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Watching the world from Dad’s shoulders

Alice Bachini has some views about Brian Micklethwait’s article Which way did your pram face?

It’s not just outward-facing prams that are new; what about all those carriers and backpacks that allow babies to view the world from a user-friendly height? I think a social change is very definitely afoot, and a libertarian change for the better as well. But I don’t think all this is just the result of parents consciously trying to encourage more outgoing interactions for their offspring. Nor do I think that it contradicts with the kind of intimate mother/baby relationship Brian associates with the National Childbirth Trust. I think parents are just being more sensitive about what kids actually enjoy doing, and the result of this is inevitably good.

It’s much more fun to watch the world from Dad’s shoulders than to be stuck in a pram with only a row of plastic bunnies for company. Although even if you do have plastic bunnies nowadays, they are likely to be all-singing, all-dancing electro-bunnies which recite the alphabet in fifteen languages at the press of a button, the real world is still very often more fun than the gimmicky or “educational” toys that adults seem to think babies will enjoy.

Kids, including babies, want more, more, more, and capitalism with all its mind-blowing array of baby entertainments and transport machines, meets more and more of their wants. And parents know this is good for their development, because they can see how happy they are and how much they are learning from all that interesting stuff. Whereas in the 1950s little Billy would have spent all day in his pram, his cot or his playpen, nowadays he gets to go to exciting places and meet interesting people with fun toys. So things are getting better, in a pro-human beings, libertarian direction.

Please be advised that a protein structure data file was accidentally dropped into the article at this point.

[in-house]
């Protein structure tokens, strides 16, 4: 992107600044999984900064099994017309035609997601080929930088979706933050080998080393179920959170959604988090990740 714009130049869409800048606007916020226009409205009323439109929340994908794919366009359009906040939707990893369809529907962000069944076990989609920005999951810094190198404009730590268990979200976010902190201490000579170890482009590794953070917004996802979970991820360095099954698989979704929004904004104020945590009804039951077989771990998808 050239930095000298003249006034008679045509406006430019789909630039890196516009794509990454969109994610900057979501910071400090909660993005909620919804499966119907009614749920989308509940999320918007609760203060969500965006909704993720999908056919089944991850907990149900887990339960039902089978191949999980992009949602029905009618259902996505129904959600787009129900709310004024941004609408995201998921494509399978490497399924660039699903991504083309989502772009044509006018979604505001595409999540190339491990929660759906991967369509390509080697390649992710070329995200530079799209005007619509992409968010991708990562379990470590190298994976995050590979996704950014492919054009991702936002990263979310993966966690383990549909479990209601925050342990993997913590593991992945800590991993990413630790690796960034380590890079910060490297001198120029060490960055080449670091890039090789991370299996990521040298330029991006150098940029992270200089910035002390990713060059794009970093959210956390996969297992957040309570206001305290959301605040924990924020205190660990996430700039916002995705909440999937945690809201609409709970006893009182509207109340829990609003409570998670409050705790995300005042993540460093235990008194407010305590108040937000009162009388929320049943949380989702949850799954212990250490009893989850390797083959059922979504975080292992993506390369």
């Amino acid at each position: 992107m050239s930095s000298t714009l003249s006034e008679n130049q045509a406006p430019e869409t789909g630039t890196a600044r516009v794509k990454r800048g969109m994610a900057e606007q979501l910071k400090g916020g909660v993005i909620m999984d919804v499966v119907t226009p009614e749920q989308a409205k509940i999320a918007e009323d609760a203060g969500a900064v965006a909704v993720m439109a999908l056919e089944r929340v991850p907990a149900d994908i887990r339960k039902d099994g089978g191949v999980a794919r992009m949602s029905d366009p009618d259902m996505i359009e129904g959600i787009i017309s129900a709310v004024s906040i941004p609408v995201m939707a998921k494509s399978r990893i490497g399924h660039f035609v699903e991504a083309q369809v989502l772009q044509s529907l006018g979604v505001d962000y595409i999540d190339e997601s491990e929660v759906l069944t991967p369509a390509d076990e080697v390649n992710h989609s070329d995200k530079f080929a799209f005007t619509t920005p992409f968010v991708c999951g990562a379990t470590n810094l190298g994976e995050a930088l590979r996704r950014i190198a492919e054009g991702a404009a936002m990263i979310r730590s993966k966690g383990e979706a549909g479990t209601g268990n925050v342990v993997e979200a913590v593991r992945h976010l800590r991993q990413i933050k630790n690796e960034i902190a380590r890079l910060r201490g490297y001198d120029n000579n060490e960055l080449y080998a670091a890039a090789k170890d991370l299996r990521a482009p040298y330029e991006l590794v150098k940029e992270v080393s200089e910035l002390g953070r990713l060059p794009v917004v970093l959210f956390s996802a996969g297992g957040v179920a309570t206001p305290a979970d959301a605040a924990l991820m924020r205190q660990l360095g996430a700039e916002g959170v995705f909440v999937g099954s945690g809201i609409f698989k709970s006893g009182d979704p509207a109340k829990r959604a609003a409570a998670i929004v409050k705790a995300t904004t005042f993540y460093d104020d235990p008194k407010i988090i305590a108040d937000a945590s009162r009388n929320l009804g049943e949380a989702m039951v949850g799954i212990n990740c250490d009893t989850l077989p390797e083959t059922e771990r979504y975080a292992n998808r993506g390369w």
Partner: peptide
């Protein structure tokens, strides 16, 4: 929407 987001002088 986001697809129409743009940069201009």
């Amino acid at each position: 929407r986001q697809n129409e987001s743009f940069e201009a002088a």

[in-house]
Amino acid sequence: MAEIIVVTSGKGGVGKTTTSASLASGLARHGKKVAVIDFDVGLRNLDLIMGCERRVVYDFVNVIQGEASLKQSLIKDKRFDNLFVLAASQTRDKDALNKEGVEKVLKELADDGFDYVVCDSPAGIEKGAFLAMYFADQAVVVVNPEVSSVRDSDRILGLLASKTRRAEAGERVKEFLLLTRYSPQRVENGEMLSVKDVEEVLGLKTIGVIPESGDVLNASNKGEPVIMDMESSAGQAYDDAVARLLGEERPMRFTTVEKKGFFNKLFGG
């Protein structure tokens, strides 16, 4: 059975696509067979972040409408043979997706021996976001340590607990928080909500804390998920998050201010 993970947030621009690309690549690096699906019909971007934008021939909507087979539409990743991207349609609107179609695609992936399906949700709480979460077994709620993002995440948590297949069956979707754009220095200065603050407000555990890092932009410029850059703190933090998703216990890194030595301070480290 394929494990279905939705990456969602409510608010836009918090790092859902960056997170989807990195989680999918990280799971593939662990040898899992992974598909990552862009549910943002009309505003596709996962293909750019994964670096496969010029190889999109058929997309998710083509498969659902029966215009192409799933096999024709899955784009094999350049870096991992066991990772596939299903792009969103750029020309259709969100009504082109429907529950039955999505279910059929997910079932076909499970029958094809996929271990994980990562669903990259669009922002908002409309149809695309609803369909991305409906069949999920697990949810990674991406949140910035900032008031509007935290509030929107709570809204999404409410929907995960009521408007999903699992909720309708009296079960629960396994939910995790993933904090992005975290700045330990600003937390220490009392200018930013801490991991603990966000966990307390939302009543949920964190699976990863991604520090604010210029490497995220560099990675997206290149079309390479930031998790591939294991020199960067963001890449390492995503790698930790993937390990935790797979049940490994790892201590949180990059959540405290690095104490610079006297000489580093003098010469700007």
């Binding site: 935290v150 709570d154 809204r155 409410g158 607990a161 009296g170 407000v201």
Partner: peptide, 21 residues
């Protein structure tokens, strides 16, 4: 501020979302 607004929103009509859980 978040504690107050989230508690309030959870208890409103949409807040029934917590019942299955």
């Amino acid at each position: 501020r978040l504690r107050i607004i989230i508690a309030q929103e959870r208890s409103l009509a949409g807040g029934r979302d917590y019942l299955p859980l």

But mostly, we just aren’t inclined to leave them screaming in boredom if putting them somewhere more stimulating cheers them up. As this represents good parenting, it doesn’t detract from the mother/child stuff so much as adds to it. Happy people tend to get on better with each other, and you’re not walking round town all day; sometimes you are sitting together at home on the sofa, watching the “Super Duper Sumos” and drinking “Sunny Delight”.

Alice Bachini

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